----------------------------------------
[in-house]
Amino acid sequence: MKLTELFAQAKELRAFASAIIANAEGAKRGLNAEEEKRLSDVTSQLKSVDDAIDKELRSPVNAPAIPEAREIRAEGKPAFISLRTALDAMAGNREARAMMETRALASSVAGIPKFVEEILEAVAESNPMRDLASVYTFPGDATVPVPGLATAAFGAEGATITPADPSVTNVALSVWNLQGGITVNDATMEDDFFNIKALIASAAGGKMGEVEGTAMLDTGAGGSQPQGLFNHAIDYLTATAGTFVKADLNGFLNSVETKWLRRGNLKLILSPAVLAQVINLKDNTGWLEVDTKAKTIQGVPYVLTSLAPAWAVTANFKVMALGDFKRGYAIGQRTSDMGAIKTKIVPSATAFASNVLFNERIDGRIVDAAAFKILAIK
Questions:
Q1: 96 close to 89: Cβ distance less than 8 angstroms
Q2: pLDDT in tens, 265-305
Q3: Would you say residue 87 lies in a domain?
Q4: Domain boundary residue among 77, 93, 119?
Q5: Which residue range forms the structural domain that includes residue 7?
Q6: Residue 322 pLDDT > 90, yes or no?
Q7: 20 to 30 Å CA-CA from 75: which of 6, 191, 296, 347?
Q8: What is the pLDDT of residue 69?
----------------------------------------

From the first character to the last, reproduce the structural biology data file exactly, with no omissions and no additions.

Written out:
[in-house]
Amino acid sequence: MKLTELFAQAKELRAFASAIIANAEGAKRGLNAEEEKRLSDVTSQLKSVDDAIDKELRSPVNAPAIPEAREIRAEGKPAFISLRTALDAMAGNREARAMMETRALASSVAGIPKFVEEILEAVAESNPMRDLASVYTFPGDATVPVPGLATAAFGAEGATITPADPSVTNVALSVWNLQGGITVNDATMEDDFFNIKALIASAAGGKMGEVEGTAMLDTGAGGSQPQGLFNHAIDYLTATAGTFVKADLNGFLNSVETKWLRRGNLKLILSPAVLAQVINLKDNTGWLEVDTKAKTIQGVPYVLTSLAPAWAVTANFKVMALGDFKRGYAIGQRTSDMGAIKTKIVPSATAFASNVLFNERIDGRIVDAAAFKILAIK
Questions:
Q1: 96 close to 89: Cβ distance less than 8 angstroms
Q2: pLDDT in tens, 265-305
Q3: Would you say residue 87 lies in a domain?
Q4: Domain boundary residue among 77, 93, 119?
Q5: Which residue range forms the structural domain that includes residue 7?
Q6: Residue 322 pLDDT > 90, yes or no?
Q7: 20 to 30 Å CA-CA from 75: which of 6, 191, 296, 347?
Q8: What is the pLDDT of residue 69?